Financial firms must deal with deepfakes – realistic video and audio recordings that have been manipulated or produced with the help of artificial intelligence. The danger to banking is very real.
Fake pictures, videos and audio recordings have been around for a long time, but the rapid development of so-called deepfakes is now creating a completely new risk potential. Deepfakes (the term is derived from ‘deep learning’ and ‘fake’) are the highly complex products of artificial intelligence and – in simple terms – are two algorithms working together in a network to generate new data from existing data sets. This may be one of the most groundbreaking innovations in the field of artificial intelligence to date. At the same time, it is still far from reaching the peak of its potential but continues to grow at a rapid pace.
With deepfakes, fraudsters can put fake messages into the mouths of real people and also show the people concerned in a completely false context. For example, the software can find numerous recordings of Angela Merkel on the Internet, analyze them and then merge them into a new video with the original voice and freely invented content. With huge amounts of data and the right apps, even non-experts are now able to create video, audio and voice material that looks deceptively real to the untrained eyes and ears.
What does it mean for banks?
So far, there has not been a deepfake related scandal in the financial world. Rather, the novel forgeries have been largely used to denigrate women, including numerous female celebrities, with pornographic photos and videos.
Why is this topic nevertheless urgent for banks? Because deepfakes have the potential to cause damage at very different levels within the financial industry. Whether it is fake instructions that fraudulently manipulate employees and customers into certain actions or the distribution of fake news that mislead customers, investors and the public could be facing serious consequences.
It is therefore time to prepare employees, customers and internal structures for this risk. Already today, for example, it is necessary to alert employees to so-called social engineering. This term refers to the targeted influencing of people by fraudsters in order to gain access to confidential information or financial resources. This is also one of the main dangers of deepfakes.
One type of such crime is vishing, a phishing method in which a call is used as a fraud instrument instead of an email (voice + phishing = vishing). The use of deepfakes for voice generation makes this method more powerful than classic phishing, because the deceptive authenticity of the voice makes the fake more difficult to detect. Vishing, for example, carries the risk of enticing customers or employees over the phone to divulge sensitive information or data or to perform specific actions such as money transfers. Even such classics as the ‘grandchild trick’ (defrauding the elderly) can be made easier and more successful than before with the help of the real voice of the petitioner.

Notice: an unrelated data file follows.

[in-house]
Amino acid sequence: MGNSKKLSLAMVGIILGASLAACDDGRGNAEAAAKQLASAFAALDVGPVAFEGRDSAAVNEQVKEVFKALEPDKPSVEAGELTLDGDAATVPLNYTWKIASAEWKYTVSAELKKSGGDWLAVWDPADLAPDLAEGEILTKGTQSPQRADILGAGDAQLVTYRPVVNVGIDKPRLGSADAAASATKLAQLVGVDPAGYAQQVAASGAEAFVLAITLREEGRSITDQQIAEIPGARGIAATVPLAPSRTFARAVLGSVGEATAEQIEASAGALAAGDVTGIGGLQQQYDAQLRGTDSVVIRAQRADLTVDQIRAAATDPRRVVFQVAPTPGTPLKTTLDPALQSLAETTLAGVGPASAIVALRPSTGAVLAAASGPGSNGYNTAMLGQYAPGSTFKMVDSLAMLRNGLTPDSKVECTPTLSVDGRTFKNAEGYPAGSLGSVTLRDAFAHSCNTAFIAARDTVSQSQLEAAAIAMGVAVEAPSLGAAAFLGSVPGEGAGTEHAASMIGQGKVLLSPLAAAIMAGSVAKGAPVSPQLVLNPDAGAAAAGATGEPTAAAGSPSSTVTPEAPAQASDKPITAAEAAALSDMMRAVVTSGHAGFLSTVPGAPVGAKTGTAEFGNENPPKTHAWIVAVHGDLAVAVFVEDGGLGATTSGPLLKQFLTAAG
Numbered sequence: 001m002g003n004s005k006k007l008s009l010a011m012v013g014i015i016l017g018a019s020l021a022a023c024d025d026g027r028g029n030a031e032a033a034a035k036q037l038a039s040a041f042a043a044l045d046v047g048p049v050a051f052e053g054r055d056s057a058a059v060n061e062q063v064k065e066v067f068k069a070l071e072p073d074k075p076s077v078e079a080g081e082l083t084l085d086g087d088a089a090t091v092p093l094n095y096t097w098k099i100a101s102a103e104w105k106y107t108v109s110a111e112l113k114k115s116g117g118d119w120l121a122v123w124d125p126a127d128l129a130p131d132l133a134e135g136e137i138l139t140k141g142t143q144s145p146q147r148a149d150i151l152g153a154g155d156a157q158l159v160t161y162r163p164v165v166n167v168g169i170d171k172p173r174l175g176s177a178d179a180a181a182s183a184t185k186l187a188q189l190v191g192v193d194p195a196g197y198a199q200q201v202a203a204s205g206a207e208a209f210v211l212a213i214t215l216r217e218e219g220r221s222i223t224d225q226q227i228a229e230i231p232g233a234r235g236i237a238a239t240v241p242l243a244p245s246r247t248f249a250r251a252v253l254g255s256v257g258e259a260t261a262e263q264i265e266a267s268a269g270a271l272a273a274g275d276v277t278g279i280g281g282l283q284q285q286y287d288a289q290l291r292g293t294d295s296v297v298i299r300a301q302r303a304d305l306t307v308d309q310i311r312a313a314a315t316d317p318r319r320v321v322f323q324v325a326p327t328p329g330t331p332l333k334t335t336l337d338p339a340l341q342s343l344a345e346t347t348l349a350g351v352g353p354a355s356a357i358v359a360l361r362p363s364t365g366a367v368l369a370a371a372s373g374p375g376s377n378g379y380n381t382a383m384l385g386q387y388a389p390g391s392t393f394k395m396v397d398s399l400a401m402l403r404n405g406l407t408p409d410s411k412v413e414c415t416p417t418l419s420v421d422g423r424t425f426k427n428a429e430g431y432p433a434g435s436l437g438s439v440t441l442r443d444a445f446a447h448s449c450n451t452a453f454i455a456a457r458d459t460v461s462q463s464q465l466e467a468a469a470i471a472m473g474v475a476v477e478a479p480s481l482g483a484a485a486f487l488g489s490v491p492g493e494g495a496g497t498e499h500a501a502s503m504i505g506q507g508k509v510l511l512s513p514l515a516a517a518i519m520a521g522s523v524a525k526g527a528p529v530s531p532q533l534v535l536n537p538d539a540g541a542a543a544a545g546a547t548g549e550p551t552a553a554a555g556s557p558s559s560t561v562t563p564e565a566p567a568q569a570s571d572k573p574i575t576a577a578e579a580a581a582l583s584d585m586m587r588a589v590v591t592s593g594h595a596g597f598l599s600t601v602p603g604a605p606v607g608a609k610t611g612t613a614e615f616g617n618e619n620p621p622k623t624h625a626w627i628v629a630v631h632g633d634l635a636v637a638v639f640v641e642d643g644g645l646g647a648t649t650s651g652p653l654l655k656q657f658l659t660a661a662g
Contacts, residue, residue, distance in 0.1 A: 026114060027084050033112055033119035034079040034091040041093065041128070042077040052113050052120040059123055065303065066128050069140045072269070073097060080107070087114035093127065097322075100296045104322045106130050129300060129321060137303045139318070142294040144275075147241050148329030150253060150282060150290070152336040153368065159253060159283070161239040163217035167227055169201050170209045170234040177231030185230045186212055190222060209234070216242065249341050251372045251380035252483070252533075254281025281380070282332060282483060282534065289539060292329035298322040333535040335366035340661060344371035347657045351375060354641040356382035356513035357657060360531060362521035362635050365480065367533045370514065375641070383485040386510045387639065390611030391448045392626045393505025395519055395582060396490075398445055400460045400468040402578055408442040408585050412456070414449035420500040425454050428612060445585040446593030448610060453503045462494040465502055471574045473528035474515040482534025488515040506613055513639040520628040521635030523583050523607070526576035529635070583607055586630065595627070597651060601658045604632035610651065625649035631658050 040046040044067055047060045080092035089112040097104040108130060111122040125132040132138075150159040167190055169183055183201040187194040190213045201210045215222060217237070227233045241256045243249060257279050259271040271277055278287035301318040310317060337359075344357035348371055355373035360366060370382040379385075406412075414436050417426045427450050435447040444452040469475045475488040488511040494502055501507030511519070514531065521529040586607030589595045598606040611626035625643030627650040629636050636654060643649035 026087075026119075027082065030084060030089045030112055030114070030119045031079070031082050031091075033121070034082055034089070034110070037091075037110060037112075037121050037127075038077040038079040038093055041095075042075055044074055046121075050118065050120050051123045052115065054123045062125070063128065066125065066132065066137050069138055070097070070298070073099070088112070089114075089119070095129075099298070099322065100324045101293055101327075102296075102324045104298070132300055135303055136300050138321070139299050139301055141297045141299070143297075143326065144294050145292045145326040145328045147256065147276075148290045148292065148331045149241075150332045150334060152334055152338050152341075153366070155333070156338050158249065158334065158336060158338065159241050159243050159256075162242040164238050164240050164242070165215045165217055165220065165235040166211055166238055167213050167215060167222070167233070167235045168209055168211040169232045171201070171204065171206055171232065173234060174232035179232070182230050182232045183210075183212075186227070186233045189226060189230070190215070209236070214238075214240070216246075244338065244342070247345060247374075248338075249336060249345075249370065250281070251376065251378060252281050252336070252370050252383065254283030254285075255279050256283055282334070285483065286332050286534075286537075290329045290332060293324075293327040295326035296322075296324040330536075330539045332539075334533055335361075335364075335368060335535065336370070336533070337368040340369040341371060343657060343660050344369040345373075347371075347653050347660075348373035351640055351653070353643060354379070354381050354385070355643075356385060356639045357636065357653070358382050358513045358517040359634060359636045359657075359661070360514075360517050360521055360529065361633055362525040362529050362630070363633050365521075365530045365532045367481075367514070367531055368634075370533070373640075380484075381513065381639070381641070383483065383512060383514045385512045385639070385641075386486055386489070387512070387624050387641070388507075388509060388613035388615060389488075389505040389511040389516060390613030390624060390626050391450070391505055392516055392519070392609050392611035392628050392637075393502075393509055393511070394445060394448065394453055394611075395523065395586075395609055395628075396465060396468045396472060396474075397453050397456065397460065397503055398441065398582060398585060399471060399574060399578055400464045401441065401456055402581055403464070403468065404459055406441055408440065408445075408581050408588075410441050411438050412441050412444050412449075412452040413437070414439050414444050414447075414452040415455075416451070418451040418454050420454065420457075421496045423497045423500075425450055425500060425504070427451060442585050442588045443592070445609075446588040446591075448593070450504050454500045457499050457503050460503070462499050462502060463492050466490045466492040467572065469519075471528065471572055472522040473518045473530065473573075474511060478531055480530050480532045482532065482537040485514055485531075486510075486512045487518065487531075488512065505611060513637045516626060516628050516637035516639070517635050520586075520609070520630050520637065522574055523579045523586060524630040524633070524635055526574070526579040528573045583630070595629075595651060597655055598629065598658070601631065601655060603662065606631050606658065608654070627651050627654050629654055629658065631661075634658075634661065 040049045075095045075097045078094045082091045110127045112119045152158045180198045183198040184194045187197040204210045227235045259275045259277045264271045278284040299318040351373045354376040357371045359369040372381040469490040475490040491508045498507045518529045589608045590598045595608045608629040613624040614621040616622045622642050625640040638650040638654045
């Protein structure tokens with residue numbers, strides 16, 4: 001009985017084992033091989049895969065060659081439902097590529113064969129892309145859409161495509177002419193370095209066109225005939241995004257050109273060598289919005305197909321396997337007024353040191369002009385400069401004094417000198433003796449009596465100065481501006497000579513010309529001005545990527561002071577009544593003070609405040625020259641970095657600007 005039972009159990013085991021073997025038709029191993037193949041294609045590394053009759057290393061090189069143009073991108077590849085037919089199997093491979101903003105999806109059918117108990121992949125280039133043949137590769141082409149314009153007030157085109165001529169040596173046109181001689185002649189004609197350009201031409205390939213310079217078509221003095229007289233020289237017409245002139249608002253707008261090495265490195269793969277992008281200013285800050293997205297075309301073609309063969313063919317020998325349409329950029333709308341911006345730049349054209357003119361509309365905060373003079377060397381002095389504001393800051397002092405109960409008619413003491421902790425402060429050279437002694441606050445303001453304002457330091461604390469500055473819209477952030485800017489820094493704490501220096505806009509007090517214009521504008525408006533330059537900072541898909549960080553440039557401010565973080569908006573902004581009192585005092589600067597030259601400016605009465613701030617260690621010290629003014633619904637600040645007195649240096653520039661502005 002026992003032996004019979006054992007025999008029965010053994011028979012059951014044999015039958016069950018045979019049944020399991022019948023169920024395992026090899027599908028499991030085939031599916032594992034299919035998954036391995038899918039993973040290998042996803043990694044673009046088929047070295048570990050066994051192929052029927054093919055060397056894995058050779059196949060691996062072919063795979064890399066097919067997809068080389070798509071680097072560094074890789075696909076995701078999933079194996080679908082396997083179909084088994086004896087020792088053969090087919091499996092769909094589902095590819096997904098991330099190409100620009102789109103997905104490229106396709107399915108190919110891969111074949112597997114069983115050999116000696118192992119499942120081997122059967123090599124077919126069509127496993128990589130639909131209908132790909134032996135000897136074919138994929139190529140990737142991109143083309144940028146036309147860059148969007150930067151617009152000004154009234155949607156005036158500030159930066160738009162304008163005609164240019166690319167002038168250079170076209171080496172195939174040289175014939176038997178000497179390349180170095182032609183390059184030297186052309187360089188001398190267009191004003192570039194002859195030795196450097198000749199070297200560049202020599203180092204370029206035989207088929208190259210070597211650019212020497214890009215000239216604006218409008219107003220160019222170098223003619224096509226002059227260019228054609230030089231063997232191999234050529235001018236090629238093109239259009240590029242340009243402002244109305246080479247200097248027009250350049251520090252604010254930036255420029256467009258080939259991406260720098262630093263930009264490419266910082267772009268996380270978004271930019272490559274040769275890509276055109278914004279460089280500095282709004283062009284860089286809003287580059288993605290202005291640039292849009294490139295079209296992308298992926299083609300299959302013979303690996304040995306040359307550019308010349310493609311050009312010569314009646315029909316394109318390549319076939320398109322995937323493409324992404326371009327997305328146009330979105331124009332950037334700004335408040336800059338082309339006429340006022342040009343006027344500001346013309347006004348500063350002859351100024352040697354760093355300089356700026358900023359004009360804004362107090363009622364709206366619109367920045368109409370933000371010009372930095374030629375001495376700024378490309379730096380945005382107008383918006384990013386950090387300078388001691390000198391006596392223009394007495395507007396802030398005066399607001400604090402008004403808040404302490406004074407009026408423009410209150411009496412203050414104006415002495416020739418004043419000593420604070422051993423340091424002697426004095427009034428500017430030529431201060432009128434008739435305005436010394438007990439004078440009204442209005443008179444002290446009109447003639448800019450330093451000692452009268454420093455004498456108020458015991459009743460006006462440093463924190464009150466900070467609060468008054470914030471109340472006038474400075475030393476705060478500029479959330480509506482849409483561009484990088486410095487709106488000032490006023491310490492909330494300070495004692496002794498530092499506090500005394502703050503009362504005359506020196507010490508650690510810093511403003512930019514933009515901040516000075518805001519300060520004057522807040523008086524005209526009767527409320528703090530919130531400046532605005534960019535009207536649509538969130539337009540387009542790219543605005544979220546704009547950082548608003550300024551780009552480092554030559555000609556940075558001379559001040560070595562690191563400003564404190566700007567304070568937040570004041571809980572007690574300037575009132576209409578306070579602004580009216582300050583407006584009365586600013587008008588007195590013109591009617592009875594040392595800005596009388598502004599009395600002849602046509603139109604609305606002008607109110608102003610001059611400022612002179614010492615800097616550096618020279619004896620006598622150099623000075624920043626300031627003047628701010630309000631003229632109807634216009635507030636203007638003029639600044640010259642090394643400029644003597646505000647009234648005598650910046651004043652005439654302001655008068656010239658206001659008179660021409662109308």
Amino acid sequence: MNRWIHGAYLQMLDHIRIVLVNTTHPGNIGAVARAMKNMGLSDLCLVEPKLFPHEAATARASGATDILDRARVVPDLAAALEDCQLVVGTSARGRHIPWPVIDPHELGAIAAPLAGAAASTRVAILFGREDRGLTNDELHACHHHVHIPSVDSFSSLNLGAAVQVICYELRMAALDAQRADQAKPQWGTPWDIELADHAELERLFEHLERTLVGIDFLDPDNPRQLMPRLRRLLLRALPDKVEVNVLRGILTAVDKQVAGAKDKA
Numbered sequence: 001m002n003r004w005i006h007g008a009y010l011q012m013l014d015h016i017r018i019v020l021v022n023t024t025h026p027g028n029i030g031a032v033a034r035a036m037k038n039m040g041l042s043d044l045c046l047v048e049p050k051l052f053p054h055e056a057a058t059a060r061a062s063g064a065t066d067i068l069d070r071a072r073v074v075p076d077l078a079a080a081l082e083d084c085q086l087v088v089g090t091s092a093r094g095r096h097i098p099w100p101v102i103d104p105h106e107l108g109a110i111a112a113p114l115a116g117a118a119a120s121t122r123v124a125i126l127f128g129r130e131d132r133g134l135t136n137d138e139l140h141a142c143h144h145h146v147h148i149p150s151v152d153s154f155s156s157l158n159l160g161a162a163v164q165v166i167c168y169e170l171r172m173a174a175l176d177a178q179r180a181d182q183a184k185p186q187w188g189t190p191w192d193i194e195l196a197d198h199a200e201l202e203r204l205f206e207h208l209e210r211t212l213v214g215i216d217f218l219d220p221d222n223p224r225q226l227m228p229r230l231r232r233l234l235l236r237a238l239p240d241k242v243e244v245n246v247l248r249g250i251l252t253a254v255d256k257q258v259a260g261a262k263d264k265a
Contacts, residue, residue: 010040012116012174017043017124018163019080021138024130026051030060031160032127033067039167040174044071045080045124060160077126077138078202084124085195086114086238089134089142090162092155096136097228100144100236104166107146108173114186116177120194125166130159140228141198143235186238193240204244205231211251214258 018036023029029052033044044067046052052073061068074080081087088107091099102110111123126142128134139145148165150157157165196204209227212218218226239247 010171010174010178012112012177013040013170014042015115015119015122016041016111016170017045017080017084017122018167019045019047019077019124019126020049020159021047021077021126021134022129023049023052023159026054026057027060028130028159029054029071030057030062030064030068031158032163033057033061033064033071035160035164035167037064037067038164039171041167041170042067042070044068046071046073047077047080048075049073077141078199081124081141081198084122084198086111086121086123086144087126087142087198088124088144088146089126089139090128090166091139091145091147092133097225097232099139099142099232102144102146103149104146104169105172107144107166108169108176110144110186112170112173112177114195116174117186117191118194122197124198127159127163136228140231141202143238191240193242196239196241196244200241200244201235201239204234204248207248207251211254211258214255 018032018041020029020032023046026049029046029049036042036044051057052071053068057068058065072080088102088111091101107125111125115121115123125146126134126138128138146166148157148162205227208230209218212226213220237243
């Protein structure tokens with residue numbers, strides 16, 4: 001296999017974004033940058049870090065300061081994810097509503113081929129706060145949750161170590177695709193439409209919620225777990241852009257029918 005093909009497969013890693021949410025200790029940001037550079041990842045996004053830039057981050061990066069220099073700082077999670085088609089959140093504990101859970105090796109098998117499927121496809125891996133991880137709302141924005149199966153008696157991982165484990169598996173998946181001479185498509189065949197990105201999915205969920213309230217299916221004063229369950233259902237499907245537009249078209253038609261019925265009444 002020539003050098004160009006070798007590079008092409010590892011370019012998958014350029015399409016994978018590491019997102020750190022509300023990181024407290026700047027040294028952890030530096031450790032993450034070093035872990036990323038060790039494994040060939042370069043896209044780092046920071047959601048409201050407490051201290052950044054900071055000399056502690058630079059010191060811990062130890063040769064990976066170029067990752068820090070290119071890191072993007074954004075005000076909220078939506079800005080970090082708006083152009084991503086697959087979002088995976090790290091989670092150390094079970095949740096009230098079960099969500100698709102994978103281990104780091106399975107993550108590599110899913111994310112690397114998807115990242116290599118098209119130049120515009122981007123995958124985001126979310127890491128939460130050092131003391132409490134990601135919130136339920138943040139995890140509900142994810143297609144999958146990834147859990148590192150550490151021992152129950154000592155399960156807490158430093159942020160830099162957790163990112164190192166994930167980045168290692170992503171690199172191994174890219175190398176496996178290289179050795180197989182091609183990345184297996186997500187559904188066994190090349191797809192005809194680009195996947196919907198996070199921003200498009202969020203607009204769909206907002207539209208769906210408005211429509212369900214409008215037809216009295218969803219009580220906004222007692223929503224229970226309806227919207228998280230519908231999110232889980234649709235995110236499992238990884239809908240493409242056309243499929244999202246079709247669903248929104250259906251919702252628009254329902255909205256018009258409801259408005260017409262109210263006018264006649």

Last year, the first case of AI-based voice fraud became public, costing the company concerned 220,000 euros. The software had imitated the manager’s voice in English so successfully, including the slight German accent, that his British colleague complied with the caller’s request and transferred the requested amount. So far, this is a known isolated case, but it can be assumed that many companies affected by vishing have not made similar cases public and that there will be similar attempts in the future.
In extreme cases, fake messages spread by the media would be capable of influencing stock market prices and trade movements. For example with a ‘recording’ of an allegedly secret or sensitive conversation between top managers and politicians (or other instances where deepfakes are used as blackmail, e.g. to create fake visits to the red-light district or false connections with extremist groups) – in principle, there is no limit to the criminals’ imagination. Damaging the reputation of an institution could be just as easy as blackmailing an individual. In the long term, there is also a concern that identity theft could be used to hijack the online authentication of customers during onboarding. For the time being, however, the biometric identification procedures are still considered forgery-proof.
Concrete measures are needed: Training, process optimization, knowledge transfer
Some institutions are already investing in technological measures against digital forgery attempts, often in cooperation with fintechs. This is timely and important. But it is not enough. The priority now is to raise awareness among employees and customers as well as designing processes that make social engineering more difficult.
Effective knowledge transfer to create awareness of fakes in everyday work environment already exists, but it must be utilized before the phenomenon has become an acute threat. One deepfakes countermeasure that banks should already be taking is education and Employee Experience. In concrete terms, this means offering training for employees to share the current knowledge about deepfakes and also informing customers how to detect fraud.
Fraudsters target people. And people need the right education about digital experience, which will be the decisive factor in understanding dangers and recognizing them in everyday life.
How strong the effects of deepfakes will become is not yet foreseeable. However, the most important thing for the financial world now is to realize that it is at the beginning of a long development and to prepare. The age of fake news has already begun, and with the increasing presence of deepfakes in business, politics and society, disinformation is reaching new levels.